On July 12, the disciplinary interrogation meeting was again rescheduled, this time for July 18, 2011. On July 14, Tooly requested that the meeting be postponed a third time. Dolan declined to reschedule the meeting and sent Tooly letters on July 14 and 15 to remind him that he needed to appear on July 18. The July 15 letter additionally stated:
If you fail to apply [sic] with this directive you are waiving your right to provide information about potential disciplinary action that could be issued against you. Your failure or refusal to report as directed may, in itself, be grounds for disciplinary action against you. Any disciplinary action taken against you will proceed without the interrogation.
J.A. 68. Tooly did not appear at the disciplinary interrogation.
On July 18, 2011, after Tooly failed to appear, SUNY sent Tooly a Notice of Discipline, informing him that he would be fired. The Notice included three charges of misconduct: (1) abandoning his job on May 11, 2011; (2) failing to report for medical examinations on June 6, 2011 and June 27, 2011; and (3) failing to report to the disciplinary interrogation meeting on July 18, 2011. A letter from Dolan, included with the Notice, stated that the termination would be effective 14 days after receipt of the Notice and that Tooly could challenge the Notice by filing a grievance form within those 14 days. But the Notice itself and an additional accompanying letter from Schwaller stated that the termination would be effective on July 18, 2011 at the close of business.
SUNY noticed the inconsistent effective dates, and, on August 8, 2011, Proulx sent Tooly a letter withdrawing the Notice of Discipline issued on July 18, 2011. The letter also suspended Tooly without pay, effective August 8, and issued a new Notice of Discipline. The new Notice of Discipline included eight charges of misconduct, all of which concerned the same incidents as the prior Notice. The new Notice also informed Tooly that he would be fired effective 14 days after his receipt of the Notice.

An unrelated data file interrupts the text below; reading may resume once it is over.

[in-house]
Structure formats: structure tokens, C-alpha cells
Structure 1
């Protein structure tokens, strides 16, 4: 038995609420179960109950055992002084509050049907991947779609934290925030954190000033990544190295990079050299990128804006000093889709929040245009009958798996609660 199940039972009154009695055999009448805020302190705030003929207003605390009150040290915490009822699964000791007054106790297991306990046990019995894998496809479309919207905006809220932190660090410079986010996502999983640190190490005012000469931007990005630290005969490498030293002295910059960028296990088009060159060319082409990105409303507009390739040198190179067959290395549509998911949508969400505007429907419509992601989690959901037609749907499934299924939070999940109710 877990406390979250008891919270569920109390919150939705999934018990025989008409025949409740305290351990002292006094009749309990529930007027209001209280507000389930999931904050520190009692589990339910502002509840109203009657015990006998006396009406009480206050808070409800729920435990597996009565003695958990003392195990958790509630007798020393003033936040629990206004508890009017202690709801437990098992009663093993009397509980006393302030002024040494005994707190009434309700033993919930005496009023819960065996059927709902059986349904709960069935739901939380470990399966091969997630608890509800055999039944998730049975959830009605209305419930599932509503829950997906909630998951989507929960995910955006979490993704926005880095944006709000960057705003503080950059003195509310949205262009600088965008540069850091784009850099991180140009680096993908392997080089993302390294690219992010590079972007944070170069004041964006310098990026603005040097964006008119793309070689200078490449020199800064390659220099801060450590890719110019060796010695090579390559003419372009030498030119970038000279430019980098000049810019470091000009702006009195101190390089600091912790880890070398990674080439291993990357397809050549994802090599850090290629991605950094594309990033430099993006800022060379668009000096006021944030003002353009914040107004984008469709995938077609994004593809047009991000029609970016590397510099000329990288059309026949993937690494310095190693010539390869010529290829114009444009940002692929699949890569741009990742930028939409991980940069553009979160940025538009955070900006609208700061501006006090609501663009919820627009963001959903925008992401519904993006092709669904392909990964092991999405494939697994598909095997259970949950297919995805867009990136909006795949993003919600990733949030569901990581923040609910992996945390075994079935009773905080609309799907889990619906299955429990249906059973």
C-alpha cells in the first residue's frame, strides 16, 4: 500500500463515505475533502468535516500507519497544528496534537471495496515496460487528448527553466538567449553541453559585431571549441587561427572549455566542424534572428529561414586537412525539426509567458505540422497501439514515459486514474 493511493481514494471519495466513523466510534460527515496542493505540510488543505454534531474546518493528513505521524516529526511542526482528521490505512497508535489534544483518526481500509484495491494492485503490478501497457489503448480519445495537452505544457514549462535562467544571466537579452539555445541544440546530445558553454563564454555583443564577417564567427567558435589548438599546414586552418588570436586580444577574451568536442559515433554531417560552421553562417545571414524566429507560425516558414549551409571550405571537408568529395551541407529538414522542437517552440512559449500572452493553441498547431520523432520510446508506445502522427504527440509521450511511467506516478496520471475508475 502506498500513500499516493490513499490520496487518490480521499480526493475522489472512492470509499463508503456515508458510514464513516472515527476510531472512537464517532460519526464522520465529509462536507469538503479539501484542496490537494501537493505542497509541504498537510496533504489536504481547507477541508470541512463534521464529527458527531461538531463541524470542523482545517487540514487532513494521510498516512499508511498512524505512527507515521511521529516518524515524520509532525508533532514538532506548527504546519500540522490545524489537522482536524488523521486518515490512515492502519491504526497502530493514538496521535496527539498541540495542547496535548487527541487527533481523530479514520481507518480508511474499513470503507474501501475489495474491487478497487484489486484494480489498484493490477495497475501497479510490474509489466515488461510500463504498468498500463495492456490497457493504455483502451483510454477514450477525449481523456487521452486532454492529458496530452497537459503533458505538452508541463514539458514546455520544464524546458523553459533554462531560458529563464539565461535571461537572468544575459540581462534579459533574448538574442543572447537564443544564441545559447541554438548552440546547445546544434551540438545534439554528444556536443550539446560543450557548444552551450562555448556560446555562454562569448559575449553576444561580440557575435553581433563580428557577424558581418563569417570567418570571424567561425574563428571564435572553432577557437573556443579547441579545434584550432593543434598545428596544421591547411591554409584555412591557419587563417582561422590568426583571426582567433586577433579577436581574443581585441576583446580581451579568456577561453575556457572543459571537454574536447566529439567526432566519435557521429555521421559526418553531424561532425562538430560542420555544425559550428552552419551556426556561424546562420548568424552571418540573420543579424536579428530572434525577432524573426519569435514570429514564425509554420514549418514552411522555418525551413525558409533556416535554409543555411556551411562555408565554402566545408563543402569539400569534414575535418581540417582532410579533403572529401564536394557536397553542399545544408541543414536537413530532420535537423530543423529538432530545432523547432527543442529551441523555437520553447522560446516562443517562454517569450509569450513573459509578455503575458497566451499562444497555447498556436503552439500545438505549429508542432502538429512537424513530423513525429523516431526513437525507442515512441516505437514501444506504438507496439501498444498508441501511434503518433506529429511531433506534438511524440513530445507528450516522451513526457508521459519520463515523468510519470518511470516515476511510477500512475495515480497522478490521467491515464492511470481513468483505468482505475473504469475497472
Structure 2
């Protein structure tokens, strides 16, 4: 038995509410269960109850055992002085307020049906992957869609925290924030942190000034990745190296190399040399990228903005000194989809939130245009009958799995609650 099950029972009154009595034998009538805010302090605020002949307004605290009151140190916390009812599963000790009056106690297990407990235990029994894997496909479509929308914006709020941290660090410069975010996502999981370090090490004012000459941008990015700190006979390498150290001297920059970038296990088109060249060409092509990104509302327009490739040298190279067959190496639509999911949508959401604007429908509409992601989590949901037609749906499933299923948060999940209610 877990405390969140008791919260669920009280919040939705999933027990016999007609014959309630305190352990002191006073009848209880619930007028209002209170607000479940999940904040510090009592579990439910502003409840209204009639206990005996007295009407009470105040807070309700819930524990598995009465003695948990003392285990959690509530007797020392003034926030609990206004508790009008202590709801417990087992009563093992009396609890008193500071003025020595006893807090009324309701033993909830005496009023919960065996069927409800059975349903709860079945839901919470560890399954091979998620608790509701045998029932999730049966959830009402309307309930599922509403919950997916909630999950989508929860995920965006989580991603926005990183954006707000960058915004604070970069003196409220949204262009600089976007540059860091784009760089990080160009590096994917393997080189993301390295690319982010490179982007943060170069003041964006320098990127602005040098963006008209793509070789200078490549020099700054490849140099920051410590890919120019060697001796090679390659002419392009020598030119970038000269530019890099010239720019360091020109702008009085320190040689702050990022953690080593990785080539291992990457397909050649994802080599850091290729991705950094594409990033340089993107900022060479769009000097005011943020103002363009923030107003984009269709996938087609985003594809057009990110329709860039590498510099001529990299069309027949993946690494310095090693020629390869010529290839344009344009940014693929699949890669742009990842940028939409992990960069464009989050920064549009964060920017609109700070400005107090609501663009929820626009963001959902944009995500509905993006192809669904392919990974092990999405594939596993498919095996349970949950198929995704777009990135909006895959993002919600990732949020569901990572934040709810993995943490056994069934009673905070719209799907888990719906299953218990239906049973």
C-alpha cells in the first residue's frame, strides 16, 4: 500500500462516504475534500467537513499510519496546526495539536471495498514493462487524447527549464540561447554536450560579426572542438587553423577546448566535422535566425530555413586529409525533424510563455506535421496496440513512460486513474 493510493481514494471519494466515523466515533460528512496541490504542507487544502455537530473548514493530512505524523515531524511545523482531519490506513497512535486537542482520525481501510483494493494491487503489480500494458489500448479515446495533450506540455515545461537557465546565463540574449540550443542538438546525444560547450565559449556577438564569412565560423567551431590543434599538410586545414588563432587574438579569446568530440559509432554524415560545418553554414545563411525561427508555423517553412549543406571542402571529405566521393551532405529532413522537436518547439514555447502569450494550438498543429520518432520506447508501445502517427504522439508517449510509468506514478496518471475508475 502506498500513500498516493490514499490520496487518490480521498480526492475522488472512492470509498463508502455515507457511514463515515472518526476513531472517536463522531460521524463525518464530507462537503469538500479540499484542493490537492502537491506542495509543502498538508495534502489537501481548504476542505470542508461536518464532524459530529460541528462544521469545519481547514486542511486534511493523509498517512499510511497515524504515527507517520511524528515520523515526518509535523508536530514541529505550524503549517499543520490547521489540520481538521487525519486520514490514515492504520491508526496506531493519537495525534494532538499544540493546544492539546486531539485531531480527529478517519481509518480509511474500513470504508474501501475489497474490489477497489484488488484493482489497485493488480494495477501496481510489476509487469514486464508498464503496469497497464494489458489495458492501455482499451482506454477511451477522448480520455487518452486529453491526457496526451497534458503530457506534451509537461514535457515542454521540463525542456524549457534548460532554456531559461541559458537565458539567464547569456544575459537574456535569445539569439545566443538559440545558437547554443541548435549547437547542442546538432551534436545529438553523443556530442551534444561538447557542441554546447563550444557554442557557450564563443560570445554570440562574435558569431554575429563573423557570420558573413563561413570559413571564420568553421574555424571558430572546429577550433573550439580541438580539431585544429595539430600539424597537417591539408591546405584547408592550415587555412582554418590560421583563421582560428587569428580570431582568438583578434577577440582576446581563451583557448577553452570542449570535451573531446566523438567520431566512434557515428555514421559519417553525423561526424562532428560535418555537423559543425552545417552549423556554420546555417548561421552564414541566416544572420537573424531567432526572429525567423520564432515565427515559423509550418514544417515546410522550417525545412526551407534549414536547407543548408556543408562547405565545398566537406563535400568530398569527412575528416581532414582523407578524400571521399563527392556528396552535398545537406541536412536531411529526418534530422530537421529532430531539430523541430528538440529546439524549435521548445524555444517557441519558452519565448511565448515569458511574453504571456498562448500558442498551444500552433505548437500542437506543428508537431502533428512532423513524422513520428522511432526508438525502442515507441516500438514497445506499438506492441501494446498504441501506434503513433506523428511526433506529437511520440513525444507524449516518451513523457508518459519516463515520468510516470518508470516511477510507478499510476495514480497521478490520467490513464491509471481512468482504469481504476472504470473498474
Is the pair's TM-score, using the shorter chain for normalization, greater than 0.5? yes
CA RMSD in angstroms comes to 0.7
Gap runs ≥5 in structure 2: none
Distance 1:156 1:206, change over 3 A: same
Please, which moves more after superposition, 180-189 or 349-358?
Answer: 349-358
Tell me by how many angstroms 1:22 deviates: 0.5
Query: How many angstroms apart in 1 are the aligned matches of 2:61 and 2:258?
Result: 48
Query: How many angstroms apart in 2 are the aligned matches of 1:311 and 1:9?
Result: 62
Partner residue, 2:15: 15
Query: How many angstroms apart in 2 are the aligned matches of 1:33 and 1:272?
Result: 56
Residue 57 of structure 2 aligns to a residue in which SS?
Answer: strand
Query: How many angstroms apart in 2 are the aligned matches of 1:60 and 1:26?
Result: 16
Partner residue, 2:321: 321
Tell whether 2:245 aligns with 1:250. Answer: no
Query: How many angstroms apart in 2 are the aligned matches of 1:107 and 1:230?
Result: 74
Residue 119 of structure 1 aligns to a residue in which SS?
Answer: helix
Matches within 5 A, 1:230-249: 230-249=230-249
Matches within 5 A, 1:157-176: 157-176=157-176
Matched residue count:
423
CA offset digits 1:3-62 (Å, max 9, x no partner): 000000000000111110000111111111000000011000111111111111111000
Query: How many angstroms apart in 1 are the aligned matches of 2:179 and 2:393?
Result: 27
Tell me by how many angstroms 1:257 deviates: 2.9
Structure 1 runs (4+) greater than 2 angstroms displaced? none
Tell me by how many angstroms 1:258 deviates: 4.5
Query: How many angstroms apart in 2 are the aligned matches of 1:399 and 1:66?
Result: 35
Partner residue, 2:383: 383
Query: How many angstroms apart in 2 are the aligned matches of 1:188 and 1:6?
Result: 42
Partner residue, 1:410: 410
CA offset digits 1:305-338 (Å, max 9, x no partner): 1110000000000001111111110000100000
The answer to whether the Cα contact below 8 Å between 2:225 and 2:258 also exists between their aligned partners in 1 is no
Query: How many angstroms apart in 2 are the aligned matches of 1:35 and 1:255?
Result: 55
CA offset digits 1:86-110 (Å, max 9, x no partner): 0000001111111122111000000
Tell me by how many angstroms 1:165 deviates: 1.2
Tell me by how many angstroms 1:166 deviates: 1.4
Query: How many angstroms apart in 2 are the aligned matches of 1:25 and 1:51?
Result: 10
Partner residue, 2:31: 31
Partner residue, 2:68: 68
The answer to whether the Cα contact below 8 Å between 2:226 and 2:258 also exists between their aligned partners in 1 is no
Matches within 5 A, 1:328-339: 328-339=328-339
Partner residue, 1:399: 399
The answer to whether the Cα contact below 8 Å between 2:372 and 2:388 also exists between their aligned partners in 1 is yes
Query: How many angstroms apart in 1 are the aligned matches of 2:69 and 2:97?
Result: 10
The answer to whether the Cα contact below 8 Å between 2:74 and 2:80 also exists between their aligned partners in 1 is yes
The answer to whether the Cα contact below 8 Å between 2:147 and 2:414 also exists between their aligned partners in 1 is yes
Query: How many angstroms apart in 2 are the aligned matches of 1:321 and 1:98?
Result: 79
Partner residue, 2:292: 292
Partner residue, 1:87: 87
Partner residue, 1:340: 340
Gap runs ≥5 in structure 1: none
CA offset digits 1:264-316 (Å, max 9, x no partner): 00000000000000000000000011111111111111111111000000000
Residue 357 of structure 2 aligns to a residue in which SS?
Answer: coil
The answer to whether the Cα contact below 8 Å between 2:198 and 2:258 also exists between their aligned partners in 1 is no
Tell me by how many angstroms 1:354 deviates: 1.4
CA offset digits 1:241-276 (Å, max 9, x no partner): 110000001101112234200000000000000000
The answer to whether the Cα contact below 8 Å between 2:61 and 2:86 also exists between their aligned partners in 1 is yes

Tooly asserts that he attempted to file a grievance to challenge the termination, but that he was unable to do so because he was provided with the wrong address. And, as a result, he claims, grievance procedures were never initiated. On August 21, 2011, Tooly instead submitted a complaint to the Public Integrity Bureau of the Office of the Attorney General. That complaint alleged that Tooly had reported to SUNY an instance of workplace violence committed by another employee and that the disciplinary actions taken against him were in retaliation for this action. The complaint was referred to the SUNY Auditor's Office for investigation, and the Auditor's Office determined that there was no evidence to support Tooly's allegations.
Tooly asserts that he was fired in August 2011 and that he has not received any paychecks or benefits since.2
B. Proceedings Below
On December 23, 2013, Tooly filed a complaint in the United States District Court for the Northern District of New York, asserting four claims against SUNY, Dolan, and Schwaller: (1) deprivation of due process in violation of the Fourteenth Amendment; (2) violation of the Equal Protection Clause of the Fourteenth Amendment; (3) disability discrimination in violation of the New York State Human Rights Law; and (4) retaliation in violation of the New York State Human Rights Law. The defendants moved for summary judgment, which the district court granted in part and denied in part. Specifically, the district court granted summary judgment to SUNY and to Dolan on all claims. The district court also granted summary judgment to Schwaller on Tooly's equal protection and retaliation claims. The district court denied summary judgment and permitted Tooly to proceed, however, on his due process claim and his state law disability discrimination claim against Schwaller. At this time, Schwaller appeals only the district court's decision on the due process claim, asserting that he is entitled to qualified immunity and hence permitted to make an interlocutory appeal.
The district court based its ruling allowing Tooly's procedural due process claim to proceed against Schwaller on the ground that a reasonable jury could find that, because Schwaller had failed to comply with some requirements of the New York Civil Service Law, Tooly had not been afforded adequate process. Tooly v. Schwaller, No. 7:13-CV-1575, 2017 WL 6629227, at *6-*7 (N.D.N.Y. Oct. 2, 2017). In doing so, the court further found that, because a reasonable jury could find that Schwaller had violated New York state law, he was not entitled to qualified immunity. Id. at *8.
The New York Civil Service Law requires that, prior to ordering a medical examination, an employer must give its employee “[w]ritten notice of the facts providing the basis for the judgment ․ that the employee is not fit to perform the duties of his or her position.” N.Y. Civ. Serv. Law § 72(1). It also requires that, prior to taking disciplinary action, the employer must provide the employee with “written notice thereof and of the reasons therefor,” as well as a “copy of the charges preferred against him,” and allow the employee “at least eight days for answering the same in writing.” N.Y. Civ. Serv. Law § 75(2). Because the district court found that Schwaller had not satisfied these requirements, it held that a genuine dispute of material fact existed as to whether Tooly's due process rights had been violated.